I came up with an abstract horse full of different repeating shapes: curls, paisleys, circles, triangles, and diamonds. It has both a feeling of symmetry and asymmetry. The three horses are tied to each other and because they have extra legs, they are standing and dancing at the same time. The horses had such action and color, I needed a non-competing environment. The dark grey fence gave me the horizon lines and the row of palm trees gave me the tall vertical pattern I wanted. I left each palm tree with one green palm frond. I liked the mix of unrestrained opaque colors in the horses and the very restrained use of color and transparency in the palm trees.

Abstract Horse #2
18” x 24” acrylic on gallery-wrapped stretched canvas.

I have always been inspired by Picasso and wanted to play around with horses and his style.

Picasso Reimagined
20” x 30” acrylic on gallery-wrapped stretched canvas.

Jackson Pollock is one of many artists I imagined as horses. I used my signature horse and combined the characteristic physical look and style of the artist. I still have many more to do as they combine my love of art and horses, and are insane.

I Dreamed Last Night My Horse Was Jackson Pollock
18” x 24” acrylic on gallery-wrapped stretched canvas.

This is an abstract capture of the first few seconds of a mare being flirted with.

The Male Gaze
11” x 14” acrylic on heavy archival paper.

This is an abstract capture of the 60 seconds following that flirtation. I really liked the X-ray vision of the stallion through the mare’s tail, and her expression is priceless.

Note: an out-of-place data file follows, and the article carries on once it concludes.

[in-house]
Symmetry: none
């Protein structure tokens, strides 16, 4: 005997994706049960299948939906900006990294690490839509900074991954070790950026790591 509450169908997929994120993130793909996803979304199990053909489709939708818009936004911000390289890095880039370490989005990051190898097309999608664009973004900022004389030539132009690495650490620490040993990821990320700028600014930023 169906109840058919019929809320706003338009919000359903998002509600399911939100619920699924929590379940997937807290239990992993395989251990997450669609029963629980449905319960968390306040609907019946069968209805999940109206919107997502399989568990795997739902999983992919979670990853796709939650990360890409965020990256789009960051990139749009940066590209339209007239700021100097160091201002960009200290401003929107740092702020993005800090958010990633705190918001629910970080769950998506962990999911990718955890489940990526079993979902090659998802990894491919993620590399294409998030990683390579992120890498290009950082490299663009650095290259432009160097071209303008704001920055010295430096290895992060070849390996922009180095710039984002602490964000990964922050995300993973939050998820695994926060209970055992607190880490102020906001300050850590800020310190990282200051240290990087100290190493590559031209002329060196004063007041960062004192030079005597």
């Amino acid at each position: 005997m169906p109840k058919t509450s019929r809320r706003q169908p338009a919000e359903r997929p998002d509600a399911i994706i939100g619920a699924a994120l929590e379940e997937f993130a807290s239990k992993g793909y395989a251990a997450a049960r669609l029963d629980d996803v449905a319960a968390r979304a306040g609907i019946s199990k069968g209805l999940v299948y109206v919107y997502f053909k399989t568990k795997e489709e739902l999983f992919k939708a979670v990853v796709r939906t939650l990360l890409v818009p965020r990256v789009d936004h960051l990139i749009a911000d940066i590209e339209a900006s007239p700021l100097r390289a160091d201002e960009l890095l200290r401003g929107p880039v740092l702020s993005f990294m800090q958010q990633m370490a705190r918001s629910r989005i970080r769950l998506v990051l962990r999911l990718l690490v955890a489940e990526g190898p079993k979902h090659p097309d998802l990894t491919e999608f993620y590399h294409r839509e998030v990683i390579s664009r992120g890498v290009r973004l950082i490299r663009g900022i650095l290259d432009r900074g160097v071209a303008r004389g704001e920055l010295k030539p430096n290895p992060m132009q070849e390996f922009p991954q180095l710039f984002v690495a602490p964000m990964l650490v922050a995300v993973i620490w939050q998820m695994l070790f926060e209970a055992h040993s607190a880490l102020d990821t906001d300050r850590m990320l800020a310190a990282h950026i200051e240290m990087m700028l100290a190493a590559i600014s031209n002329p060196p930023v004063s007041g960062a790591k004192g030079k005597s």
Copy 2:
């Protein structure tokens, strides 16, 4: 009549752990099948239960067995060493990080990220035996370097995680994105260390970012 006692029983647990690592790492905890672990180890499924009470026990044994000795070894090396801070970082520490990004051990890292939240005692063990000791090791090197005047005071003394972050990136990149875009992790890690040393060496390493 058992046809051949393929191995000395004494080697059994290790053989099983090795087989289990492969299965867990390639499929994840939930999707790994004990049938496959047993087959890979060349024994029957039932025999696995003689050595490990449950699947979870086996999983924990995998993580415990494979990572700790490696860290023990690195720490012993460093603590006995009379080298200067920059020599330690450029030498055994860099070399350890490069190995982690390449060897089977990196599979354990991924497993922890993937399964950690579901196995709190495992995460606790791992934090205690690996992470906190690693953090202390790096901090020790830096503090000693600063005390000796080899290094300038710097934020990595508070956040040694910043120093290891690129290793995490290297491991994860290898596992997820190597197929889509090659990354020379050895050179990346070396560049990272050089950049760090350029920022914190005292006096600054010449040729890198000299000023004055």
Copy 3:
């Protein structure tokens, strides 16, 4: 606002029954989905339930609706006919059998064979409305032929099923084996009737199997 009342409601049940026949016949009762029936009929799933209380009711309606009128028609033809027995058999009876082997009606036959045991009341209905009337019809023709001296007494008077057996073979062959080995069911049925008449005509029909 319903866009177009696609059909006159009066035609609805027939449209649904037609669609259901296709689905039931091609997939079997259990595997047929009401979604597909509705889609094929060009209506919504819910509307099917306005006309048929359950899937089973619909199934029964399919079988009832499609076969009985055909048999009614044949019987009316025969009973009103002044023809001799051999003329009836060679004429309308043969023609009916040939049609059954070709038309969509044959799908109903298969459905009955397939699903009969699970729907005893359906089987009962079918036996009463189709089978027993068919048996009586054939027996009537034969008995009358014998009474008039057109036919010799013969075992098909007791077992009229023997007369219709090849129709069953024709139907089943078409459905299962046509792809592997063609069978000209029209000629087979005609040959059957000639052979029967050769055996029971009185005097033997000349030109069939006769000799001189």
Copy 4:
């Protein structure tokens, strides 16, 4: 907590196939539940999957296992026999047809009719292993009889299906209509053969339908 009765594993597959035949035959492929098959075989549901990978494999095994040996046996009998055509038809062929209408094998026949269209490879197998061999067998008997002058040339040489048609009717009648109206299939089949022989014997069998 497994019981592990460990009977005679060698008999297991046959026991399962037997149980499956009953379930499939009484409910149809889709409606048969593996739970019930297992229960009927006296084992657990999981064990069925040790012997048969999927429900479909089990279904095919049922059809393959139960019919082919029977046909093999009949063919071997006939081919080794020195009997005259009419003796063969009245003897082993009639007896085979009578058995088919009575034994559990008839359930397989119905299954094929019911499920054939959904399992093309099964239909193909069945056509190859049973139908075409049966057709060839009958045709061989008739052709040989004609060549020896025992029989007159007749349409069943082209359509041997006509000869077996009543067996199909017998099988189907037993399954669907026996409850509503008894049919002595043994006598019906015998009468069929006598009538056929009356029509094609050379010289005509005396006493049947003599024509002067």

The Mare’s Glare
11” x 14” acrylic on heavy archival paper.


I referenced a picture of two of the side saddle riders from England that I follow on Instagram. Faces terrify me but it came together! I added the horse in the center and then cut out a piece of kilt from a magazine for the COVID-19 mask to give it a 2020 vibe. On the black and white prints, I hand-painted glossy red lipstick to make them really pop.

6” x 6” acrylic and collage on board.

The hounds are not amused in this picture as the English Bull Terriers have escaped through the gate and want to join the party. I think Churchill would have approved.

Hunt Delayed By Running Of the Bulls
9” x “9 acrylic on heavy archival paper.

I like to imagine and add something unexpected to the hunt scenes. I thought this had a New Yorker magazine cover kind of vibe to it.

What the Fluff?!!
12” x 16” gouache and acrylic on heavy archival paper.

What can I say? I’m in love with the drinking, (some smoking) badass women who don top hats and bowlers and gallop over hedges side-saddle. I painted referencing several collected photographs of the women on their mounts, then made up a background and sprinkled in lots of hounds. If your art collection doesn’t have a hound peeing, do you even have a collection?

The New Feminists #2
11” x 14” acrylic painting on heavy archival paper.

Work in progress, celebrating the beautiful Roman nose in multiple species.

Cheers to the Fine Roman Nose
8” x 10” gouache and acrylic.

In 2019, my piece, Blue Horse in Paris, was selected by the curator of the Emile Hermès private art collection in Paris. As someone who once rode in an Hermès saddle, wears jeans with a white shirt and an Hermès scarf and lives in my 18-year-old Hermès loafers, I continue to be amazed that one of my paintings was selected to be a part of an incredible collection to inspire designers.

I live in Menlo Park, California and work out of my garage with my border collie, Raleigh, and his best friend, my daughter’s French Bulldog, Bouchon. My creativity continues to thrive on the energy, support, and playful teasing of my husband and daughters. Most of my work is available for prints. I welcome commissions, and some originals are still available. You can message me on Instagram or email me at [email protected]. You can also find me on Instagram @susanhsilverman.

I wanted bright and graphic. I made a rough sketch in bed one night and liked it in the morning. This piece lives in the Émile Hermès Private Collection in Paris, above their flagship retail store. Unfortunately, the collection is not open to the public.

Blue Horse in Paris
20” x 30” acrylic on gallery-wrapped stretched canvas.